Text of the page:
"My patient thought he had a little too much around the middle, but he never considered himself morbidly obese, which he was. And like many black men, he lived alone and managed his own meals, which is a huge issue," she says. "If you're married, you tend to plan your meals more and eat a little better. African Americans also tend to eat a lot of fried foods, foods that are very high in carbohydrates, lots of sweets and sugars and starches." In fact, some studies have shown that African-American men eat fewer fruits and vegetables than any other demographic group.
When black men have diabetes, they're also much more likely to develop one or more of the serious complications associated with the disease, including amputation, kidney failure, blindness, and cardiovascular disease. For example, African Americans are 1.5 to 2.5 times more likely to have a limb amputated than are others with diabetes.
African-American men need to know how to prevent type 2 diabetes and how to control it if they already have it, says Coleman. "A lot of people have a fatalistic attitude that if your mother and your father and your grandmother had diabetes, that you're destined to have it and there's nothing you can do about it, and that's just not true."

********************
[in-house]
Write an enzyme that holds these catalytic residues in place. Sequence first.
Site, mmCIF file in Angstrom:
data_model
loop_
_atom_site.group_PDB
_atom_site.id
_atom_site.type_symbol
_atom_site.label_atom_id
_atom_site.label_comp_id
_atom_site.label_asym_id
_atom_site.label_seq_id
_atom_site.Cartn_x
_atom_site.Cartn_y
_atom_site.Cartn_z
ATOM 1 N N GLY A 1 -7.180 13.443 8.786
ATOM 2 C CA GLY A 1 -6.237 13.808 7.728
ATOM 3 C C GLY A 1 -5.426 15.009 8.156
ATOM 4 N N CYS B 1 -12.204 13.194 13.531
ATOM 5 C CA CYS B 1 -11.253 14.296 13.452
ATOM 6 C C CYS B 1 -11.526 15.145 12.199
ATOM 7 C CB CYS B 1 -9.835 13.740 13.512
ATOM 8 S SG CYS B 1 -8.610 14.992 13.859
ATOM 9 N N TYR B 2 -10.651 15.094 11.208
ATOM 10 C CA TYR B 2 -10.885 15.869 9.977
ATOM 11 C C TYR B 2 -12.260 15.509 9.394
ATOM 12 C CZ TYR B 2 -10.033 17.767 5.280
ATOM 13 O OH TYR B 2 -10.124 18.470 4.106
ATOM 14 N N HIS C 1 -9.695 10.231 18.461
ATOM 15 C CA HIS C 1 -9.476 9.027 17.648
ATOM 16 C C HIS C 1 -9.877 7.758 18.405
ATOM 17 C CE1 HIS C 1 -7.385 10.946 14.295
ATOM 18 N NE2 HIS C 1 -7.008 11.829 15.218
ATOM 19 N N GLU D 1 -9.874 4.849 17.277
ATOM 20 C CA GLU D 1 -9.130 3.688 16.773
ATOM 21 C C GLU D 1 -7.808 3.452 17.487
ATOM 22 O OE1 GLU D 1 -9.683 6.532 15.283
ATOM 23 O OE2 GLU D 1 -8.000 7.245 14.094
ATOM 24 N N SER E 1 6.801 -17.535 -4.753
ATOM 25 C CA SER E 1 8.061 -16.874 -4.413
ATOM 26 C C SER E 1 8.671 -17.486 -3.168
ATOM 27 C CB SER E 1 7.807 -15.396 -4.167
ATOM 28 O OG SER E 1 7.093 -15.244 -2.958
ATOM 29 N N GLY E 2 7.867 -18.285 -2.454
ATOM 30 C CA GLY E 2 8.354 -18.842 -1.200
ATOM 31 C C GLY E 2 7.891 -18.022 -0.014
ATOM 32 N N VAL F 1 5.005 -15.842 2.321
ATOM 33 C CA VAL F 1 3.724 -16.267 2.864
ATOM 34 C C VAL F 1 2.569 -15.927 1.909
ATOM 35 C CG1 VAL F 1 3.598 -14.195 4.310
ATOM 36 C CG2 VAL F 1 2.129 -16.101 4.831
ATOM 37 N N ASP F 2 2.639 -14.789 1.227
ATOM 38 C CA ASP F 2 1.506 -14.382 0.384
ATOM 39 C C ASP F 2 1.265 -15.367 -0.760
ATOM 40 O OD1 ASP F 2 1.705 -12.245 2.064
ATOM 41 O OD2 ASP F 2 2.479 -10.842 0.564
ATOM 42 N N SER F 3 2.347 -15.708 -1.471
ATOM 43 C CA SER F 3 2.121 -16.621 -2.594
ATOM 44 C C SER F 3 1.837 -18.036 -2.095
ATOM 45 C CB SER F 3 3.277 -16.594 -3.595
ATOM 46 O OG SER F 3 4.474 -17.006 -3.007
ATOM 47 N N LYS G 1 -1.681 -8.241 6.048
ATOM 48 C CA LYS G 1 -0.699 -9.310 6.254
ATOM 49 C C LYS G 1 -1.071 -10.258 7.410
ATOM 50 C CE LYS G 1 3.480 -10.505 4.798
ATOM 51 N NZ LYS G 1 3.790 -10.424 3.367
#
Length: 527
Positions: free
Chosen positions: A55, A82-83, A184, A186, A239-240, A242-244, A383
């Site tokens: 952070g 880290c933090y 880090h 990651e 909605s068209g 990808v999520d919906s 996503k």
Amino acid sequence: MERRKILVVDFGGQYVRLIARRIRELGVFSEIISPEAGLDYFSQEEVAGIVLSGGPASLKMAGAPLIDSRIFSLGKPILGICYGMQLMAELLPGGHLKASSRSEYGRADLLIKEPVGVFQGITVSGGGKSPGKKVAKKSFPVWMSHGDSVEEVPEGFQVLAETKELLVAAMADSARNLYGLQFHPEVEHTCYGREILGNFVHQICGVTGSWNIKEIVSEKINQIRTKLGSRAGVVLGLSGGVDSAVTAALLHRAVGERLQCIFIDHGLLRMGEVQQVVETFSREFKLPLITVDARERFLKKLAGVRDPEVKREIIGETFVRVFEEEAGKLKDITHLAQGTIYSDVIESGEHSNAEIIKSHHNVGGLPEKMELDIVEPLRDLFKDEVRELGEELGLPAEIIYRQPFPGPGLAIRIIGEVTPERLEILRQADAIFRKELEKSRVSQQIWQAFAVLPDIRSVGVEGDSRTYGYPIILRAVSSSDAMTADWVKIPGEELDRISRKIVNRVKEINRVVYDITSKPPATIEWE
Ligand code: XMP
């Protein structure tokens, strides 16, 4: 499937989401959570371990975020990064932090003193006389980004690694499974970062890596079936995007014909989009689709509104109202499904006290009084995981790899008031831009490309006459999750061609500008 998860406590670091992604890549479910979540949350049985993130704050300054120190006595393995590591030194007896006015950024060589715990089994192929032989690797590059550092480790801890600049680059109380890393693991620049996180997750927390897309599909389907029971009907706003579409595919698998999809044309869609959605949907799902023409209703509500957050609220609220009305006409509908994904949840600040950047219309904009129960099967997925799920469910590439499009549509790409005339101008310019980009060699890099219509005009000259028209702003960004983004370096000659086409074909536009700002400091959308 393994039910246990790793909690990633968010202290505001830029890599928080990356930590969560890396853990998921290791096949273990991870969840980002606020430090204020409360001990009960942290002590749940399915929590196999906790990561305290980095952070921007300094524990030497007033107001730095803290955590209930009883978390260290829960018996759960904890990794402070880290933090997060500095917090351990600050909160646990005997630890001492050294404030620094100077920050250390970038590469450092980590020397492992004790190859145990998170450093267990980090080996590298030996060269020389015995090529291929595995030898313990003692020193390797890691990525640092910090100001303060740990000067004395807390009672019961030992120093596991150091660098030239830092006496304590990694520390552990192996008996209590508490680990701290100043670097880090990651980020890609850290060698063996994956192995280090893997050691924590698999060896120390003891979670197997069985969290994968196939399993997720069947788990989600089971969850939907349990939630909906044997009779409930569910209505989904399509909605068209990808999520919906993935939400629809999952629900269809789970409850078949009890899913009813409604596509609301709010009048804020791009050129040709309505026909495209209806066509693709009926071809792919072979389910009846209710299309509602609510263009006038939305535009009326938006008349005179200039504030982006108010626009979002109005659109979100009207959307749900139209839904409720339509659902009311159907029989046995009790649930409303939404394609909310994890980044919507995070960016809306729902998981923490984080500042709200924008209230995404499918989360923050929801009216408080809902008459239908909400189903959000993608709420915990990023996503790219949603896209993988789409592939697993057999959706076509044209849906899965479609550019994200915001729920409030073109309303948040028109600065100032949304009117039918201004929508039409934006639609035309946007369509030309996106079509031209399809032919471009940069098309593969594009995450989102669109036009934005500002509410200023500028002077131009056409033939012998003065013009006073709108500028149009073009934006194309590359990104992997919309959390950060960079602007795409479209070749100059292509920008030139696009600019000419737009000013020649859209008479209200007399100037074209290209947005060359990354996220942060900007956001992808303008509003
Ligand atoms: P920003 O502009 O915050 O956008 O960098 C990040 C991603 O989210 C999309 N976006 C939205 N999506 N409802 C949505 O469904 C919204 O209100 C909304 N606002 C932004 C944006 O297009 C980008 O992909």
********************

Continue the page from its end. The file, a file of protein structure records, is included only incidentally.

"Start by setting achievable goals," advises Jane Kelly, MD, director of the National Diabetes Education Program, a joint effort of the CDC and the National Institutes of Health. "Not just long-term goals like losing 50 pounds, but goals for next Tuesday. Set goals like walking 10 minutes a day, or having one scoop of ice cream for dessert instead of two. Small steps add up. Write them down and commit to them, and ask a friend to monitor you."
Some simple strategies to add healthy, diabetes-prevention strategies into your lifestyle:
- Share your dessert. "Many people in the African-American community tell us that it's rude not to eat when someone offers food, so instead of passing up something you enjoy and offending your host, split dessert with a friend," says Kelly. And if your host urges you to take seconds, skip the potatoes and bread and ask for more of the green stuff!